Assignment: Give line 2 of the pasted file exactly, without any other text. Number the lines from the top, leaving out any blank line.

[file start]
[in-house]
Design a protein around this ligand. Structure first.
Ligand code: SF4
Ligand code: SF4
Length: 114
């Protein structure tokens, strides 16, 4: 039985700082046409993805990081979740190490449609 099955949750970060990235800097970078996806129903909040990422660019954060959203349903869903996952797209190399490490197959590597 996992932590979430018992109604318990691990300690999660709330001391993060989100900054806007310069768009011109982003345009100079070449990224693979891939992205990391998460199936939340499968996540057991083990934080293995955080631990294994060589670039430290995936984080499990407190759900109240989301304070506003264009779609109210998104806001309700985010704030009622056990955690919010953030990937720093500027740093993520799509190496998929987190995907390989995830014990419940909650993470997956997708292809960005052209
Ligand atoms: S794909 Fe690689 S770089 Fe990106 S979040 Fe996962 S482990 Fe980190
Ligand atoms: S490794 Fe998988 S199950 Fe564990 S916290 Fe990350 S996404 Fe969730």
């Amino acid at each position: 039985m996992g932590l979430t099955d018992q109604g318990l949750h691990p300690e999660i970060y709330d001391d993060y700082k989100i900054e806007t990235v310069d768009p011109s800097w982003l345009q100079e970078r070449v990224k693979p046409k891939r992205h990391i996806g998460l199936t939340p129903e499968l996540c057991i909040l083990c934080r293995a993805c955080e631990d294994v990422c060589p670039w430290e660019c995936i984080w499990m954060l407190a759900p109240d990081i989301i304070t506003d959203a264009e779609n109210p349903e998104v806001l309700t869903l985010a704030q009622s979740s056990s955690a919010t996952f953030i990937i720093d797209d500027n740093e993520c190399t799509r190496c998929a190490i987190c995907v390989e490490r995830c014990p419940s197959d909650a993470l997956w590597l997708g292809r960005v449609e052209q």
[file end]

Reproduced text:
Design a protein around this ligand. Structure first.